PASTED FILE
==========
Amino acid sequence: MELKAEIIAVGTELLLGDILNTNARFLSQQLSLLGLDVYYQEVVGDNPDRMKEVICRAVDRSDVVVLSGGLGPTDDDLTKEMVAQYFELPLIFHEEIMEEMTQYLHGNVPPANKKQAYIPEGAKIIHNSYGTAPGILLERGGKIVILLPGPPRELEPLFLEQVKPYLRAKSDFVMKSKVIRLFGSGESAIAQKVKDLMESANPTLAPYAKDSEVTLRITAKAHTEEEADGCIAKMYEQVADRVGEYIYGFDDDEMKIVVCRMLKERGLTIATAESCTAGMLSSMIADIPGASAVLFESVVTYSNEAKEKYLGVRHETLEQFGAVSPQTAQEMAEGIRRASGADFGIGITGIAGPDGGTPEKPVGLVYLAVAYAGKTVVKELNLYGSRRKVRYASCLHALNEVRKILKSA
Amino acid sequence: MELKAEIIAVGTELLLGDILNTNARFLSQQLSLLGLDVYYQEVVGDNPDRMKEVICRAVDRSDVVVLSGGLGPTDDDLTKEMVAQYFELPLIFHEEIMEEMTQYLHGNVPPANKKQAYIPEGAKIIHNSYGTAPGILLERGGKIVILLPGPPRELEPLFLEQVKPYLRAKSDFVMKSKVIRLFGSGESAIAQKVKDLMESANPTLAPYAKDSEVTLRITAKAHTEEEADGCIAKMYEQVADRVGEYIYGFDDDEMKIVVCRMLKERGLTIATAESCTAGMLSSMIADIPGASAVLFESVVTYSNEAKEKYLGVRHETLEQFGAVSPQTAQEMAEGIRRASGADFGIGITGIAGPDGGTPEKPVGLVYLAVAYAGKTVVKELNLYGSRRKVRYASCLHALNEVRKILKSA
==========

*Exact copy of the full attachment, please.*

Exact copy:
Amino acid sequence: MELKAEIIAVGTELLLGDILNTNARFLSQQLSLLGLDVYYQEVVGDNPDRMKEVICRAVDRSDVVVLSGGLGPTDDDLTKEMVAQYFELPLIFHEEIMEEMTQYLHGNVPPANKKQAYIPEGAKIIHNSYGTAPGILLERGGKIVILLPGPPRELEPLFLEQVKPYLRAKSDFVMKSKVIRLFGSGESAIAQKVKDLMESANPTLAPYAKDSEVTLRITAKAHTEEEADGCIAKMYEQVADRVGEYIYGFDDDEMKIVVCRMLKERGLTIATAESCTAGMLSSMIADIPGASAVLFESVVTYSNEAKEKYLGVRHETLEQFGAVSPQTAQEMAEGIRRASGADFGIGITGIAGPDGGTPEKPVGLVYLAVAYAGKTVVKELNLYGSRRKVRYASCLHALNEVRKILKSA
Amino acid sequence: MELKAEIIAVGTELLLGDILNTNARFLSQQLSLLGLDVYYQEVVGDNPDRMKEVICRAVDRSDVVVLSGGLGPTDDDLTKEMVAQYFELPLIFHEEIMEEMTQYLHGNVPPANKKQAYIPEGAKIIHNSYGTAPGILLERGGKIVILLPGPPRELEPLFLEQVKPYLRAKSDFVMKSKVIRLFGSGESAIAQKVKDLMESANPTLAPYAKDSEVTLRITAKAHTEEEADGCIAKMYEQVADRVGEYIYGFDDDEMKIVVCRMLKERGLTIATAESCTAGMLSSMIADIPGASAVLFESVVTYSNEAKEKYLGVRHETLEQFGAVSPQTAQEMAEGIRRASGADFGIGITGIAGPDGGTPEKPVGLVYLAVAYAGKTVVKELNLYGSRRKVRYASCLHALNEVRKILKSA